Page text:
Athletic Training Students, Local Community, Health Care Providers Partner to Prep for Emergencies
In partnership with the Crozet community and emergency providers, UVA students helped create and test an emergency action plan for patrons of Crozet Park.
On a Sunday in April, University of Virginia students joined forces with organizations across the Crozet community to test an emergency action plan for those utilizing the town’s local community-owned park. The Crozet Park Board of Directors, a community group based in the town located near Charlottesville, partnered with faculty and students from the UVA School of Education and Human Development’s Master of Science in Athletic Training program to design and practice an emergency action plan. The event included the Crozet Fire Department, the Western Albemarle Rescue Squad, and the University of Virginia Pegasus Program.
“Unfortunately, each year in the United States lives are lost in sport due to emergent situations such as cardiac arrest, heat stroke, or head injuries,” said Jake Resch, associate professor of Kinesiology and the primary facilitator of the partnership.
The goal of this partnership was to create and test an emergency action plan to reduce the amount of time from the collapse of an athlete or park patron to the response from the emergency management system.
“A well-designed and, more importantly, practiced emergency action plan may prevent deaths associated with sport,” Resch said.
Specifically, this simulation aimed to ensure the safety of those using Crozet Park for activities like baseball and soccer, as well as the pool and other community functions.
“Our hope is that the emergency action plans, upon implementation, will facilitate enhanced communication between emergency medical services and coaches, athletes, and bystanders who identify someone in need,” Resch said. “In the event of an emergency, every minute counts.”
For Erin Moore, assistant professor, and coordinator of clinical education for the Master of Science in Athletic Training students, this opportunity offered UVA students the chance to create and implement their own emergency action plans, increasing their knowledge and proficiency in a life-saving athletic training skill.
Under Moore’s direction, athletic training students visited multiple locations in Crozet where sporting events are held. There, the students met with a local site manager and ultimately created an emergency action plan for five separate sites, one of which was Claudius Crozet Park.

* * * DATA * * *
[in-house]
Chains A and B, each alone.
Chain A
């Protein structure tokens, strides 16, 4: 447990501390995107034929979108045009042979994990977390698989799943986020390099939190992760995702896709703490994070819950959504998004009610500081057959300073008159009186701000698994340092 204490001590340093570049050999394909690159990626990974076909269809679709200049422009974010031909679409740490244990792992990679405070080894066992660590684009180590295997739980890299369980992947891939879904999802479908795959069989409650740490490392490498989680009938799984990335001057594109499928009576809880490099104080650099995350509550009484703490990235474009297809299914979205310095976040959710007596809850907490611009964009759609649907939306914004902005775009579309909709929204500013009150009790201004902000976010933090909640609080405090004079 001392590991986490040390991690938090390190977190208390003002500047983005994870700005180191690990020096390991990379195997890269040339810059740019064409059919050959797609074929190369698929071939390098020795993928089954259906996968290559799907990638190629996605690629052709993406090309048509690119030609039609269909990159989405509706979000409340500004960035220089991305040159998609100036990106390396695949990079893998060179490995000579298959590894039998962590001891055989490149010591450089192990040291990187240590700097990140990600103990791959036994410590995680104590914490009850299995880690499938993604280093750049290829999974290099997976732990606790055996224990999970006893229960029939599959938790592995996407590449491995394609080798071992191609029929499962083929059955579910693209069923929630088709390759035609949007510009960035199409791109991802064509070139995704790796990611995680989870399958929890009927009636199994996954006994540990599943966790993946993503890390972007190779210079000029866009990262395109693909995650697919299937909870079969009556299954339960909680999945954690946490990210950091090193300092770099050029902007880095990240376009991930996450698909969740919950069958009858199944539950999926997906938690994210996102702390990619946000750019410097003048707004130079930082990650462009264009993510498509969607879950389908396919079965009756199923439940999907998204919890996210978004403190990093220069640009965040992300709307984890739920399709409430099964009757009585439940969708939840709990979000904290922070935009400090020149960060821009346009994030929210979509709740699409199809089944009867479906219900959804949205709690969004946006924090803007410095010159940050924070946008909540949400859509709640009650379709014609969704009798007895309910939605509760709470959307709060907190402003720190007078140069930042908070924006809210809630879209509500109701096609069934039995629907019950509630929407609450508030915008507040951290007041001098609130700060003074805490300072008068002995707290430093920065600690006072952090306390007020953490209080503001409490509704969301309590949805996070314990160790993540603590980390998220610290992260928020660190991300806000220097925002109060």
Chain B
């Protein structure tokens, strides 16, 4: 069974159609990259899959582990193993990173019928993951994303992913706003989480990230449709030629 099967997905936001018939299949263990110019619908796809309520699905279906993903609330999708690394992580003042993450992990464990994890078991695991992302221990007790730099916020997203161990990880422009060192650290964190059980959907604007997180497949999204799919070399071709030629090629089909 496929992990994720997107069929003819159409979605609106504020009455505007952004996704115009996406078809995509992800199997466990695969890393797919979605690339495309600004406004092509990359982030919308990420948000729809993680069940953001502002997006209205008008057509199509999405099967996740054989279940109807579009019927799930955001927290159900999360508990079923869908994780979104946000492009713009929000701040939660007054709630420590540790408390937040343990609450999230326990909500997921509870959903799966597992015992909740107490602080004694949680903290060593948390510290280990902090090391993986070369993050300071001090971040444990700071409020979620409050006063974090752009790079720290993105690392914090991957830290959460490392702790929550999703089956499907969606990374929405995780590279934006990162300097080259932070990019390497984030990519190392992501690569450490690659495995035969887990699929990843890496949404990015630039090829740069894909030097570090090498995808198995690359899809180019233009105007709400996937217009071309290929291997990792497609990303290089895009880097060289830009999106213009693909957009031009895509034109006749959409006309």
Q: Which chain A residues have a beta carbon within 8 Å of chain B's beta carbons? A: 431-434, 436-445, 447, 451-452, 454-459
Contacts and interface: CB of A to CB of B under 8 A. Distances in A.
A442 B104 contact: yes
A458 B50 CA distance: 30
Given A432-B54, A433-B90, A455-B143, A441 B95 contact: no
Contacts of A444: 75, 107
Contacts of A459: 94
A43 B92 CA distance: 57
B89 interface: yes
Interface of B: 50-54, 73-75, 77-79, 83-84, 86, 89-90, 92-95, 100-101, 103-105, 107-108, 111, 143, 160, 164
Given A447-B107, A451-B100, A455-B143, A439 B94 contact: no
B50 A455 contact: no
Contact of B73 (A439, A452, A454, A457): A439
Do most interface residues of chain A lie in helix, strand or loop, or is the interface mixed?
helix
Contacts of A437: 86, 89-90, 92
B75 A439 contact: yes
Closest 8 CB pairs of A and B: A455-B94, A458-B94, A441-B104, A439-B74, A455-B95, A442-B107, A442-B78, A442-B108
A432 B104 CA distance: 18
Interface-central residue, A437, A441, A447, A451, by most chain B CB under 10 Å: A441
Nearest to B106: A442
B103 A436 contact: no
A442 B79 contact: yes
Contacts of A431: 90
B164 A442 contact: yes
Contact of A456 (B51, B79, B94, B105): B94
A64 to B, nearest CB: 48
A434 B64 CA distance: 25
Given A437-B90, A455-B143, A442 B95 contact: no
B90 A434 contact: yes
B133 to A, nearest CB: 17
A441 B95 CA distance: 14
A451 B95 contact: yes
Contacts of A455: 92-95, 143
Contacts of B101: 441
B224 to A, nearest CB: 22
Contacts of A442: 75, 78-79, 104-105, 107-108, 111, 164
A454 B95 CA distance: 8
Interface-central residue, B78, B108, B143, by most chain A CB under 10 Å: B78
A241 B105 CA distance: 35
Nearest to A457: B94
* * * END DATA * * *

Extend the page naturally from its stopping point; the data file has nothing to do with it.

On April 23, the graduate students, seven Crozet Park board members and fifty community members gathered to hear an overview of the importance of an emergency action plan and discuss the implementation of the life-saving plan at Claudius Crozet Park. The plan was then activated with a simulated emergency that engaged the Crozet Fire Department, the Western Albemarle Rescue Squad, and the University of Virginia Pegasus Program.
"Seeing this as a student, at the start of their career, is an incredible opportunity and model for their future," Moore said.
She also highlighted the value of students connecting with the local community and working with other health care providers within the community.
"As athletic trainers, we care for all ages," Moore said. "I was thrilled to have our students provide a high standard of evidence-based care to assist with the safety of athletes in Crozet.”
This project provided the students an opportunity to engage with emergency services including Western Albemarle Rescue Squad, Crozet Fire, and with Pegasus Life-Support Flight unit.
“To achieve this success in patient care and collaboration, creating these strong relationships with emergency services is essential,” Moore said.
Kim Guenther, president of the Claudius Crozet Park board of directors, believes planning and practicing for emergencies at the park helps keep community members safe.
"On any given day, community-owned and operated Crozet Park hosts youth soccer, softball and baseball, runners and walkers on the perimeter trail, neighbors with their dogs in the dog park, and athletes on the grounds, in the pavilions and in the fitness center and pool," Guenther said. “Initiating an end-to-end simulation would not have been possible without our partnership with UVA graduate athletic training students, their professors, and first responders."
“The event was extremely successful,” Resch said. “Our goal is that the new emergency action plans will be able to be activated by anyone, regardless of their age or profession, to facilitate timely care.”